Low-Fat Love is a novel about identity-building and self-acceptance and is pertinent to many college courses. The book is informed by a decade of interview research with young women and teaching about gender, relationships and popular culture. While written in a fun, chick-lit voice Low-Fat Love is underscored with a critical commentary about female identity-building and self-acceptance and how, too often, women become trapped in limited visions of themselves. Women’s media is used as a signpost throughout the book in order to make visible the context in which women come to think of themselves as well as the men and women in their lives. In this respect Low-Fat Love offers a commentary about popular culture and the social construction of femininity. Ultimately, the book explores women’s identity struggles in relation to the men in their lives and how women often develop myopic images of themselves as a part of “face-saving” strategies employed to cover up shame, a learned devaluation of self and their attraction to men who withhold their support. Low-Fat Love suggests women seek new ways to see that are not dependent on male approval so that they will value themselves and reject degrading relationships. Moreover, as the main characters in the book learn, the most toxic relationship a woman may participate in is often with herself. So, too, the men in Low-Fat Love learn that one must find one’s voice or suffer the consequences.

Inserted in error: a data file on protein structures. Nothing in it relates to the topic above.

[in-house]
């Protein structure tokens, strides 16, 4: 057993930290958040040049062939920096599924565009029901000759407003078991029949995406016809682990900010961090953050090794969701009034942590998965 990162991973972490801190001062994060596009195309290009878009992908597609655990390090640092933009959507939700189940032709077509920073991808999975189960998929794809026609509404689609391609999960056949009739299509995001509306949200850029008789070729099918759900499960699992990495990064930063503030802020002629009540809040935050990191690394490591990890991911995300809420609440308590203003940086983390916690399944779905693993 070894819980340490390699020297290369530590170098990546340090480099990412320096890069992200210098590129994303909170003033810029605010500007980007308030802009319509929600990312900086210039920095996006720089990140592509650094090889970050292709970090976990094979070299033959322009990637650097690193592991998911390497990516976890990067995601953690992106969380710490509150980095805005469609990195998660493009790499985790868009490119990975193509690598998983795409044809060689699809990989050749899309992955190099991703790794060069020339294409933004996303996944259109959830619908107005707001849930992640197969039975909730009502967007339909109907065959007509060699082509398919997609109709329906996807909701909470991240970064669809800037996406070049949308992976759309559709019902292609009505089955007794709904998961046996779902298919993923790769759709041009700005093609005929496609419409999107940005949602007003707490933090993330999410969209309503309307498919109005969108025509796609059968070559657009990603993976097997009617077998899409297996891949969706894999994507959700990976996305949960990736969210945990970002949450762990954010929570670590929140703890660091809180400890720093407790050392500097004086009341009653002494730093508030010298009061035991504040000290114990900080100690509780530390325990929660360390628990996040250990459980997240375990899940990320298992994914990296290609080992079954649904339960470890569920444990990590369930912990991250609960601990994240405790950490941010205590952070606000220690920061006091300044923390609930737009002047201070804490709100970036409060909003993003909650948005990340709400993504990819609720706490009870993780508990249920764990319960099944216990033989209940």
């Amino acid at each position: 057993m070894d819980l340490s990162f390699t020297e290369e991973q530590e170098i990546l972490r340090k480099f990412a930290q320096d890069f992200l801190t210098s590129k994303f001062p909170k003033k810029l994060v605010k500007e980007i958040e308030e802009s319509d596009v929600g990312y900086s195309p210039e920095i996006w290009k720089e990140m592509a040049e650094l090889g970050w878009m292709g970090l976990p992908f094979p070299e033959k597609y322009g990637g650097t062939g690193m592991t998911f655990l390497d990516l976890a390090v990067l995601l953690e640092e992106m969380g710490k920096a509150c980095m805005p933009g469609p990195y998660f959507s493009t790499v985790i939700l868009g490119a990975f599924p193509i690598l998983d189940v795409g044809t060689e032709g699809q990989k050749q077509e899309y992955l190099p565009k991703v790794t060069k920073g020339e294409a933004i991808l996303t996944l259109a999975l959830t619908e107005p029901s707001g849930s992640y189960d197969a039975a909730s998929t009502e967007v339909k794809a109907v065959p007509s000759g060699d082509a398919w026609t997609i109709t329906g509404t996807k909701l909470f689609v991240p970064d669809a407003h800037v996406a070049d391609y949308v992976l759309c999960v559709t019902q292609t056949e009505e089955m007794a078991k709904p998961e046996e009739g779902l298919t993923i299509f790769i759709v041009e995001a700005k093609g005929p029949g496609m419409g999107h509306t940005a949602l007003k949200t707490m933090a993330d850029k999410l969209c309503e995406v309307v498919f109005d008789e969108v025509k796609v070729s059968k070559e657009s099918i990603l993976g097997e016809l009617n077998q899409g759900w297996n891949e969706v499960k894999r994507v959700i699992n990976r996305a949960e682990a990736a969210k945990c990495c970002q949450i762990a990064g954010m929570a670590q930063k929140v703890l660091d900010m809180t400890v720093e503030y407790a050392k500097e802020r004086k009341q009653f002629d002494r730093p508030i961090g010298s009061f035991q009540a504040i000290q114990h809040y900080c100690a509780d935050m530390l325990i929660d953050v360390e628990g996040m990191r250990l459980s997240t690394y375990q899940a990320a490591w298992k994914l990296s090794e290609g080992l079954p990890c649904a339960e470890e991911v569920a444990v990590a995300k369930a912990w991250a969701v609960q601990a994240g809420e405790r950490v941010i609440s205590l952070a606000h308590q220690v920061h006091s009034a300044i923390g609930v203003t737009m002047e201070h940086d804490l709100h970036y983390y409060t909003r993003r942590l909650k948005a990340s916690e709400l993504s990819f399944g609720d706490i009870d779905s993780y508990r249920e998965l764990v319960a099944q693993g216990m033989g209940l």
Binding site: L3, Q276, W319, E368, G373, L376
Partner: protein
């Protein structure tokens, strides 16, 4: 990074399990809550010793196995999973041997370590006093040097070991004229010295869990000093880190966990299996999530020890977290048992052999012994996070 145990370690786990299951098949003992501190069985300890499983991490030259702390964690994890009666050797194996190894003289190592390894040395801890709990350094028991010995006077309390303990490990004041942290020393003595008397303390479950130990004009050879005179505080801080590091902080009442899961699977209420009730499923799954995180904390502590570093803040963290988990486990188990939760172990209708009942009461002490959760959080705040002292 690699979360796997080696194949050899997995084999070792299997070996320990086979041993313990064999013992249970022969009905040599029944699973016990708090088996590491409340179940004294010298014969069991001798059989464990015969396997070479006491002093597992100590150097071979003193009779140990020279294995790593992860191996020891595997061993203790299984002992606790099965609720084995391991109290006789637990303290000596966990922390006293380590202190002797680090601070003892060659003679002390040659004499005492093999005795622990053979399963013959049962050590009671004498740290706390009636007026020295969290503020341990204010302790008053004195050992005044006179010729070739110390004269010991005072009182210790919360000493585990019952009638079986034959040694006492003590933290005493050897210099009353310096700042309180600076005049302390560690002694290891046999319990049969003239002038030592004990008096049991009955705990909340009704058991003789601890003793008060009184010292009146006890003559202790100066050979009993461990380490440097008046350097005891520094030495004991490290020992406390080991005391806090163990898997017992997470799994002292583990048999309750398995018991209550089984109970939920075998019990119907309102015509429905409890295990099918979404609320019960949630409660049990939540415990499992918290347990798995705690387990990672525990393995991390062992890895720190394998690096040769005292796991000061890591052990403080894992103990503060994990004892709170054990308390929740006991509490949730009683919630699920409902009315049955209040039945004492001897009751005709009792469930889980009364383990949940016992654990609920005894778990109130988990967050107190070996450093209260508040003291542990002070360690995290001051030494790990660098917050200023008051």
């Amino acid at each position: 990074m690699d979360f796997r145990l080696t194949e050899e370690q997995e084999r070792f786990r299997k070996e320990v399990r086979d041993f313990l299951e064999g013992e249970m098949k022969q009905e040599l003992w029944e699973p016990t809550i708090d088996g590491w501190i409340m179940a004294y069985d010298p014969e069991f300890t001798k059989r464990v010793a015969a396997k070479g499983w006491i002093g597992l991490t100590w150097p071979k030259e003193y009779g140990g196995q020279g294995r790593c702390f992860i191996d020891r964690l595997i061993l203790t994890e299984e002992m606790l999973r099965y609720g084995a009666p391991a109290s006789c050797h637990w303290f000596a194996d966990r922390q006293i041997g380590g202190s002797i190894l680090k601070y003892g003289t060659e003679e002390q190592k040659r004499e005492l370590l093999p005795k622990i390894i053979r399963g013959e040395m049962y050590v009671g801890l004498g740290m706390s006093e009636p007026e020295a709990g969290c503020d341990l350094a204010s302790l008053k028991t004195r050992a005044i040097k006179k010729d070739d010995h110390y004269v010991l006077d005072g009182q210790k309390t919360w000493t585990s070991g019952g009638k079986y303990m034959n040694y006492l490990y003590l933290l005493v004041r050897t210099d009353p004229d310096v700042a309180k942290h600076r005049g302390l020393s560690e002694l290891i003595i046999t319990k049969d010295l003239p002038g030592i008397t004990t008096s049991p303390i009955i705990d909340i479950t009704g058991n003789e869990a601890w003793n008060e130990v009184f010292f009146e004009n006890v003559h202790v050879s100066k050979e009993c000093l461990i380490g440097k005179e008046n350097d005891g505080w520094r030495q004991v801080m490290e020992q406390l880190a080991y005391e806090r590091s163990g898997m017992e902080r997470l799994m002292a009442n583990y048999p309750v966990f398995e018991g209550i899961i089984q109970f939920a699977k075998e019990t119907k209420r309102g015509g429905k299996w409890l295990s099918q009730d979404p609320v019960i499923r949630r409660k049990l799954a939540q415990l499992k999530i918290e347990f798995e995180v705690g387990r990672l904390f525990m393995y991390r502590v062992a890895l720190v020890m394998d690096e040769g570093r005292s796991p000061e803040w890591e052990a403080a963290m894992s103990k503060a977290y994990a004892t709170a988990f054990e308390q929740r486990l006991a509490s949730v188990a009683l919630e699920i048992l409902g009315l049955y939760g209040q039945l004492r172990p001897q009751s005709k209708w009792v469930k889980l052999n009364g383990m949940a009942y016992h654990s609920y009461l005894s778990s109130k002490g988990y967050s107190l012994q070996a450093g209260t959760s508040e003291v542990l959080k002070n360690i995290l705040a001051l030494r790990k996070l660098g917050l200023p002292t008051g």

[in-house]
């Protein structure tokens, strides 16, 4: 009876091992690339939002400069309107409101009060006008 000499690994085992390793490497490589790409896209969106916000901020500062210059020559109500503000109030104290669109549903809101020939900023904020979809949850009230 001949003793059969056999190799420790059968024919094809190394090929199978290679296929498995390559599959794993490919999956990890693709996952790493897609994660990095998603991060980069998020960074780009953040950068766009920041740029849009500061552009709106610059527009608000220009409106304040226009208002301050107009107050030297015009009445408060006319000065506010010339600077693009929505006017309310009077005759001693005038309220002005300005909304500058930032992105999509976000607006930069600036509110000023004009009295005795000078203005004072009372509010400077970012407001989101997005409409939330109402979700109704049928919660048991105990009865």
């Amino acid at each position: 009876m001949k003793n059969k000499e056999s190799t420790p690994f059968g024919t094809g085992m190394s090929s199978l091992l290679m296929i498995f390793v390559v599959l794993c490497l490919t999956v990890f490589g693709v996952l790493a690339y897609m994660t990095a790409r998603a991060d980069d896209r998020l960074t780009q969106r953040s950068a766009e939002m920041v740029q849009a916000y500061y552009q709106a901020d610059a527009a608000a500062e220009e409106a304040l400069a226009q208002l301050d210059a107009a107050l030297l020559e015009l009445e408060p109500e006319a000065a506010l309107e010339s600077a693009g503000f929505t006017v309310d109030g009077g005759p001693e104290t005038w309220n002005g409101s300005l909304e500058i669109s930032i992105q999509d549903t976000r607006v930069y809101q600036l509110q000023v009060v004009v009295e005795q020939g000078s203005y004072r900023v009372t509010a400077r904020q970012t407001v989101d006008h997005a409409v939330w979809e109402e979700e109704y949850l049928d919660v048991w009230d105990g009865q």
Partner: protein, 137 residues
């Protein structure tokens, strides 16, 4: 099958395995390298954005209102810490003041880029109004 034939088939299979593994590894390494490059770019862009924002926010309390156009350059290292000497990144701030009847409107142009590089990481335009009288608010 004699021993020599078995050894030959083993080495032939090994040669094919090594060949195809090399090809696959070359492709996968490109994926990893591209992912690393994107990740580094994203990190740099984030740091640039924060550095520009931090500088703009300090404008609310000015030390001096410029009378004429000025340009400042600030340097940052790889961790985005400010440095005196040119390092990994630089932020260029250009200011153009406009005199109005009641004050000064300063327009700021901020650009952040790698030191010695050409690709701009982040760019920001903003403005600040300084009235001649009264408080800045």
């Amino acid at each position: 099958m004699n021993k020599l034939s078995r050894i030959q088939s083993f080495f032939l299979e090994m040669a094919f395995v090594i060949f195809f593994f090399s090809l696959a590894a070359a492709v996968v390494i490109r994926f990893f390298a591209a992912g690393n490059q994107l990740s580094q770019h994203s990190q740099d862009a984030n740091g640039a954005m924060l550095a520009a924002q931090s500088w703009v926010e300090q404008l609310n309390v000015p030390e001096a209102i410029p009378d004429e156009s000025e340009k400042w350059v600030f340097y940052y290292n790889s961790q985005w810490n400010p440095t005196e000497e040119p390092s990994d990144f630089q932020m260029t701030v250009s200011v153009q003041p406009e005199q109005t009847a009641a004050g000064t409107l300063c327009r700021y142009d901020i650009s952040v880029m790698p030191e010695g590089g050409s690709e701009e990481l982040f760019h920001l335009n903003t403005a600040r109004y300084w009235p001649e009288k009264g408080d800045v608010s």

For Use in College Courses
Ideal Example of Arts-Based Research in courses that cover: arts-based research, arts-based educational research, qualitative research or narrative inquiry
Ideal Supplemental Text in courses across the disciplines that deal with gender; women’s studies; feminism, intimacy and human sexuality; the sociology of emotions; art education; or popular culture/mass media (for example, the book can be used in classes such as introduction to sociology, the sociology of gender or introduction to gender studies, the psychology of women and courses on human sexuality).
Great Springboard for Class Discussions about: the psychology of negative relationships; popular culture and the construction of gender; gender and identity; gender socialization; dysfunctional family systems; or human intimacy, dating and sexuality.